The next generation WAN – where are we with 5G?

By combining a number of features from the networks that came before it, 5G will let users connect with virtually zero latency and gigabit throughput.

According to the GSMA, 5G is set to arrive within the next three years and will account for more than one billion connections by 2025, when 5G networks will be accessible by one third of the world’s population. Described as the next-generation WAN, 5G has the potential to be as transformative as the introduction of electricity itself.   

These are awesome claims – in the true sense of the word – but are they founded in fact?  Behind the heated, hyperbolic, super-shifting paradigm, what do we actually know about the details of 5G? 

A vision of the future 

The vision for 5G is that it will combine a number of features to create the next generation network: it will have all the features of 4G, with its capacity for massive mobile data; it will offer the voice, video and mobile data features of 3G; it will fall back to 2G for Internet of Things deployments; and it will include Wi-Fi spectrum.  With virtually zero latency and gigabit throughput, these features will together form the next generation 5G WAN.  

Whilst a formal specification for 5G is yet to be set, things are moving on rapidly in the industry.  In February 2017, the 3rd Generation Partnership Project (3GPP) – the organisation that governs the specifications that define 3GPP technologies – formally named it 5G and gave it its own special logo to recognise its growing official status.  In the March 2017 UK Spring Budget, building on the recently announced Digital Strategy the Chancellor announced a new National 5G Innovation Network.  This will receive £16 million in state funds to work with research institutions to start trials and speed-up development of the technology.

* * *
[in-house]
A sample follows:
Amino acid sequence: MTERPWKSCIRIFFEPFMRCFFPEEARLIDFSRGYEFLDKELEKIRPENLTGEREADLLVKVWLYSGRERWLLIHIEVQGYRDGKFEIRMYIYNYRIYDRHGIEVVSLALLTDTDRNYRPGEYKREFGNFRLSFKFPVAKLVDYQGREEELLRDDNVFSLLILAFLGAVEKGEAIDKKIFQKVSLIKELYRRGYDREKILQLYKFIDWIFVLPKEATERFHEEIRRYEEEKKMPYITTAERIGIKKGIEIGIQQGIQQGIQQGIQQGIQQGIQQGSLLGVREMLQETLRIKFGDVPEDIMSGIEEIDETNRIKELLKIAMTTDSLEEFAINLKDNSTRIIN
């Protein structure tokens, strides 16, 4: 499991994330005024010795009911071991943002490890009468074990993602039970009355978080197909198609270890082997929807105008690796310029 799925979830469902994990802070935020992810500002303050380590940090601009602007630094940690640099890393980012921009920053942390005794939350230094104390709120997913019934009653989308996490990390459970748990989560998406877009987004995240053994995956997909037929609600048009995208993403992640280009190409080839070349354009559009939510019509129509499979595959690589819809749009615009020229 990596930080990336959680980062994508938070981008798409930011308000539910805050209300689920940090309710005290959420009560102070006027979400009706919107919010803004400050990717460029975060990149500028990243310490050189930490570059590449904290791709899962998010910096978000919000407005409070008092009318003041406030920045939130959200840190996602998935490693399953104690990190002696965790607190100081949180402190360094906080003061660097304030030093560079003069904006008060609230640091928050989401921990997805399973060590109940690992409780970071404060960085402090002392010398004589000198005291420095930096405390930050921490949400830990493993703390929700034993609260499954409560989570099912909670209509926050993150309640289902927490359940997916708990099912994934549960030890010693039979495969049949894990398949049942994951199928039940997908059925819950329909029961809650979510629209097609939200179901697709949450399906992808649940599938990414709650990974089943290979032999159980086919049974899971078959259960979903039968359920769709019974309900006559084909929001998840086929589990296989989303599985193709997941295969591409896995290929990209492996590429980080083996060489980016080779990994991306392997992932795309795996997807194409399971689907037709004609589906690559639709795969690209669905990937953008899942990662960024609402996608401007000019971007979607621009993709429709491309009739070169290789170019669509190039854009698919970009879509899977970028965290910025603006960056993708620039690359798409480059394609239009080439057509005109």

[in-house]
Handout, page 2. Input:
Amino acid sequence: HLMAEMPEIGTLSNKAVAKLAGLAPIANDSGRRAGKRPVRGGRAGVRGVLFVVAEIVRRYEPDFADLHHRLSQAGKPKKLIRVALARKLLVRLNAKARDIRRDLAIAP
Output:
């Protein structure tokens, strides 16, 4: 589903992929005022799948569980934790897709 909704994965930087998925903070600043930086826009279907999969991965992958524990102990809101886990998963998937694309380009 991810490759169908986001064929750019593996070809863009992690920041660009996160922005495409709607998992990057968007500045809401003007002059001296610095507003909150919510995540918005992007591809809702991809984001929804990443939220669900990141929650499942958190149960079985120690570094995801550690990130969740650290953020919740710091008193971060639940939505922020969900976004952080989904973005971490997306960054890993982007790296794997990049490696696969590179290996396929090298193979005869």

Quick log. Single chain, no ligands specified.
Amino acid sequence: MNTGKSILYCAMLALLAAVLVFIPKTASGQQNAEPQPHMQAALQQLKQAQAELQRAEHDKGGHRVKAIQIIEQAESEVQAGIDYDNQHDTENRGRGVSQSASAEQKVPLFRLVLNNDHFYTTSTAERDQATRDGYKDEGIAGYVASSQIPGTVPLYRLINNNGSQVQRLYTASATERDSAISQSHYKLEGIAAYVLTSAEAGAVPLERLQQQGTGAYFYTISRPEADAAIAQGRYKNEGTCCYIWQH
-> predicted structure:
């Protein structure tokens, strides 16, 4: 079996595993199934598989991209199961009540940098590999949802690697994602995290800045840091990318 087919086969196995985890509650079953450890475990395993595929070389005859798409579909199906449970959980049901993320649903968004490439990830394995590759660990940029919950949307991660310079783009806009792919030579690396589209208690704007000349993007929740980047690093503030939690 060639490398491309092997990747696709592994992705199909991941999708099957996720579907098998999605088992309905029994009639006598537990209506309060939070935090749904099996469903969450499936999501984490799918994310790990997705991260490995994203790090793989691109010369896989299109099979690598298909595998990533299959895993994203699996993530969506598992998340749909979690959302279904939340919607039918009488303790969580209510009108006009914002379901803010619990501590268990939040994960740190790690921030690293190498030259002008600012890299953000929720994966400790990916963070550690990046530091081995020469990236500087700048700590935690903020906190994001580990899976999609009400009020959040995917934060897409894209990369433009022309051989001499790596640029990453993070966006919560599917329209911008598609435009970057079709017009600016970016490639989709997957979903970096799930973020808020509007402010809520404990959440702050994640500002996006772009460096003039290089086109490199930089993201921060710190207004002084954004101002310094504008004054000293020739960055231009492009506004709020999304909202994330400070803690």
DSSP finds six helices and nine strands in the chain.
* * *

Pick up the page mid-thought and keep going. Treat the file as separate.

A government team will oversee the 5G programme with funding for more trials set to be awarded on a competitive basis.  The UK’s 5G Innovation Centre, based in the University of Surrey and established in 2015, is likely to play a big role in these plans.  The £70 million initiative employs 170 researchers and will provide a testbed for 5G.  The government will also explore commercial options for improving coverage across the transport network, and collaborate with Ofcom to ensure the UK is ready for the new technology.  

The 5G timeline  

Whilst the formal specification for 5G is not expected to be completed until 2019, some international carriers are already conducting 5G trials today.  Some of these may be available to customers later this year.     

How it is possible to conduct trials before the specification has been established?  To understand this, we need to look more closely at what the carriers are actually doing. 

Using non-standard architecture (NSA) – proprietary technology based on their own specification – means operators can begin testing before the standardised specification is released.  Whilst this means various apects of the technology can be tested, it is a temporary solution with a few restrictions.  As a proprietory framework, there is no interoperability between carriers – each works only with its own specification.  There is also no mobility.  With no cell-site handoffs, any ‘5G’ device will be unable to move outside of a single cell mast the range.  The framework therefore only provides fixed wireless access – widespread 5G device adoption will not be seen anytime soon.